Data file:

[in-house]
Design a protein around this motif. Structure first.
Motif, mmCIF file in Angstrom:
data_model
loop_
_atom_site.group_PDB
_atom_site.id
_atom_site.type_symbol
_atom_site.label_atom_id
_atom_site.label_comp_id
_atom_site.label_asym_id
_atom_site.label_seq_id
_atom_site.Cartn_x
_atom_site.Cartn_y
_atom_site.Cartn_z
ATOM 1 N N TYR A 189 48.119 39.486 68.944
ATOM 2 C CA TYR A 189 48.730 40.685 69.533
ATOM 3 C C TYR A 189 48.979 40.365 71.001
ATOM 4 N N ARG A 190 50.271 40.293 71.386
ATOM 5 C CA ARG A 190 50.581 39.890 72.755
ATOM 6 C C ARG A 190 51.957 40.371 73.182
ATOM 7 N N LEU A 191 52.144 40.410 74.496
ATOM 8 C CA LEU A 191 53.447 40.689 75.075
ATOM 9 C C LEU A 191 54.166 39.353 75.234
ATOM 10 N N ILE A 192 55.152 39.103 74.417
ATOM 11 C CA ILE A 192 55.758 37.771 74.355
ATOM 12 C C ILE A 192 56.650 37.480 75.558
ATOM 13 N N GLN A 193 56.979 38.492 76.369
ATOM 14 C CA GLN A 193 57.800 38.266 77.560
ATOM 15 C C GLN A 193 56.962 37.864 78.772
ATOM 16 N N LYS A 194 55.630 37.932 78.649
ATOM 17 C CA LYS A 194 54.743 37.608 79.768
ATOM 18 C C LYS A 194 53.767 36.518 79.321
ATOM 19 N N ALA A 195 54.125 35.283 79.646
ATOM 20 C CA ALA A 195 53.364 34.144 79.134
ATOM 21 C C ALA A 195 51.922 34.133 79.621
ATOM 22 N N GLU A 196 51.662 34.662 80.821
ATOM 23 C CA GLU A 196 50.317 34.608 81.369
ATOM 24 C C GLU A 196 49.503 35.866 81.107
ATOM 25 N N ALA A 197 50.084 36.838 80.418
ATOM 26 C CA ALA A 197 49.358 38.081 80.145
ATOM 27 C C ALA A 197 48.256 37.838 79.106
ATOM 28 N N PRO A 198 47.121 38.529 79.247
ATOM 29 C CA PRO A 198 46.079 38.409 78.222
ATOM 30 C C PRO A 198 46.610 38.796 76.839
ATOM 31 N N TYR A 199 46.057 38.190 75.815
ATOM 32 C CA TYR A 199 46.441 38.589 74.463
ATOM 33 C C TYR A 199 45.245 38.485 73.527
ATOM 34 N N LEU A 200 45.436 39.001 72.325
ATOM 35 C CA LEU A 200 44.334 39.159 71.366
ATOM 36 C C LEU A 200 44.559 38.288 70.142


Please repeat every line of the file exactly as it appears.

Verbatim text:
[in-house]
Design a protein around this motif. Structure first.
Motif, mmCIF file in Angstrom:
data_model
loop_
_atom_site.group_PDB
_atom_site.id
_atom_site.type_symbol
_atom_site.label_atom_id
_atom_site.label_comp_id
_atom_site.label_asym_id
_atom_site.label_seq_id
_atom_site.Cartn_x
_atom_site.Cartn_y
_atom_site.Cartn_z
ATOM 1 N N TYR A 189 48.119 39.486 68.944
ATOM 2 C CA TYR A 189 48.730 40.685 69.533
ATOM 3 C C TYR A 189 48.979 40.365 71.001
ATOM 4 N N ARG A 190 50.271 40.293 71.386
ATOM 5 C CA ARG A 190 50.581 39.890 72.755
ATOM 6 C C ARG A 190 51.957 40.371 73.182
ATOM 7 N N LEU A 191 52.144 40.410 74.496
ATOM 8 C CA LEU A 191 53.447 40.689 75.075
ATOM 9 C C LEU A 191 54.166 39.353 75.234
ATOM 10 N N ILE A 192 55.152 39.103 74.417
ATOM 11 C CA ILE A 192 55.758 37.771 74.355
ATOM 12 C C ILE A 192 56.650 37.480 75.558
ATOM 13 N N GLN A 193 56.979 38.492 76.369
ATOM 14 C CA GLN A 193 57.800 38.266 77.560
ATOM 15 C C GLN A 193 56.962 37.864 78.772
ATOM 16 N N LYS A 194 55.630 37.932 78.649
ATOM 17 C CA LYS A 194 54.743 37.608 79.768
ATOM 18 C C LYS A 194 53.767 36.518 79.321
ATOM 19 N N ALA A 195 54.125 35.283 79.646
ATOM 20 C CA ALA A 195 53.364 34.144 79.134
ATOM 21 C C ALA A 195 51.922 34.133 79.621
ATOM 22 N N GLU A 196 51.662 34.662 80.821
ATOM 23 C CA GLU A 196 50.317 34.608 81.369
ATOM 24 C C GLU A 196 49.503 35.866 81.107
ATOM 25 N N ALA A 197 50.084 36.838 80.418
ATOM 26 C CA ALA A 197 49.358 38.081 80.145
ATOM 27 C C ALA A 197 48.256 37.838 79.106
ATOM 28 N N PRO A 198 47.121 38.529 79.247
ATOM 29 C CA PRO A 198 46.079 38.409 78.222
ATOM 30 C C PRO A 198 46.610 38.796 76.839
ATOM 31 N N TYR A 199 46.057 38.190 75.815
ATOM 32 C CA TYR A 199 46.441 38.589 74.463
ATOM 33 C C TYR A 199 45.245 38.485 73.527
ATOM 34 N N LEU A 200 45.436 39.001 72.325
ATOM 35 C CA LEU A 200 44.334 39.159 71.366
ATOM 36 C C LEU A 200 44.559 38.288 70.142